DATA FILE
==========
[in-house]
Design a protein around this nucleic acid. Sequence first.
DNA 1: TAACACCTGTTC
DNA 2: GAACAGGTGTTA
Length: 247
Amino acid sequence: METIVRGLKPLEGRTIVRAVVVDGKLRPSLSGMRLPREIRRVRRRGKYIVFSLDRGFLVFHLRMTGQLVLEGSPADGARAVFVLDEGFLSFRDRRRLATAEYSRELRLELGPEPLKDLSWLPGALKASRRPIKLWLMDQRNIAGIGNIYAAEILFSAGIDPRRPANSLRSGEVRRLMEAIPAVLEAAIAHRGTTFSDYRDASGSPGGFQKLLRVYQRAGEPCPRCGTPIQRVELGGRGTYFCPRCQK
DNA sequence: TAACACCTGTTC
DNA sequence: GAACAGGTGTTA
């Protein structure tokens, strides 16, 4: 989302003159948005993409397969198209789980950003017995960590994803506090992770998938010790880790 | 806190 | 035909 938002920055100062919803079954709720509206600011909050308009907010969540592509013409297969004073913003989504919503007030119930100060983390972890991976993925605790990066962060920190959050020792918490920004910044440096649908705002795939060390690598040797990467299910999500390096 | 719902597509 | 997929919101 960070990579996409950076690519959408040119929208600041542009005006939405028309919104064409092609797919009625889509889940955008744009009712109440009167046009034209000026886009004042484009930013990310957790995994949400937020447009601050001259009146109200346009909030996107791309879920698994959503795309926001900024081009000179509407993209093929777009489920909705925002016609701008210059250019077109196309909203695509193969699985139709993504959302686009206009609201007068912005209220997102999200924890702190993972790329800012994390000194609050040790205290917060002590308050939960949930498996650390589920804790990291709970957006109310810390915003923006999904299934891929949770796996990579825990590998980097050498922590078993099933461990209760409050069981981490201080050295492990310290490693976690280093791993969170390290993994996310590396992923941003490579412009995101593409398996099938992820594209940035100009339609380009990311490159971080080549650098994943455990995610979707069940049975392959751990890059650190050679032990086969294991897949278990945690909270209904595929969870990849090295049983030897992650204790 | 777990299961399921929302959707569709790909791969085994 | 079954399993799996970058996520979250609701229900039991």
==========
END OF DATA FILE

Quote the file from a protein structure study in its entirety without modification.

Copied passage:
[in-house]
Design a protein around this nucleic acid. Sequence first.
DNA 1: TAACACCTGTTC
DNA 2: GAACAGGTGTTA
Length: 247
Amino acid sequence: METIVRGLKPLEGRTIVRAVVVDGKLRPSLSGMRLPREIRRVRRRGKYIVFSLDRGFLVFHLRMTGQLVLEGSPADGARAVFVLDEGFLSFRDRRRLATAEYSRELRLELGPEPLKDLSWLPGALKASRRPIKLWLMDQRNIAGIGNIYAAEILFSAGIDPRRPANSLRSGEVRRLMEAIPAVLEAAIAHRGTTFSDYRDASGSPGGFQKLLRVYQRAGEPCPRCGTPIQRVELGGRGTYFCPRCQK
DNA sequence: TAACACCTGTTC
DNA sequence: GAACAGGTGTTA
């Protein structure tokens, strides 16, 4: 989302003159948005993409397969198209789980950003017995960590994803506090992770998938010790880790 | 806190 | 035909 938002920055100062919803079954709720509206600011909050308009907010969540592509013409297969004073913003989504919503007030119930100060983390972890991976993925605790990066962060920190959050020792918490920004910044440096649908705002795939060390690598040797990467299910999500390096 | 719902597509 | 997929919101 960070990579996409950076690519959408040119929208600041542009005006939405028309919104064409092609797919009625889509889940955008744009009712109440009167046009034209000026886009004042484009930013990310957790995994949400937020447009601050001259009146109200346009909030996107791309879920698994959503795309926001900024081009000179509407993209093929777009489920909705925002016609701008210059250019077109196309909203695509193969699985139709993504959302686009206009609201007068912005209220997102999200924890702190993972790329800012994390000194609050040790205290917060002590308050939960949930498996650390589920804790990291709970957006109310810390915003923006999904299934891929949770796996990579825990590998980097050498922590078993099933461990209760409050069981981490201080050295492990310290490693976690280093791993969170390290993994996310590396992923941003490579412009995101593409398996099938992820594209940035100009339609380009990311490159971080080549650098994943455990995610979707069940049975392959751990890059650190050679032990086969294991897949278990945690909270209904595929969870990849090295049983030897992650204790 | 777990299961399921929302959707569709790909791969085994 | 079954399993799996970058996520979250609701229900039991």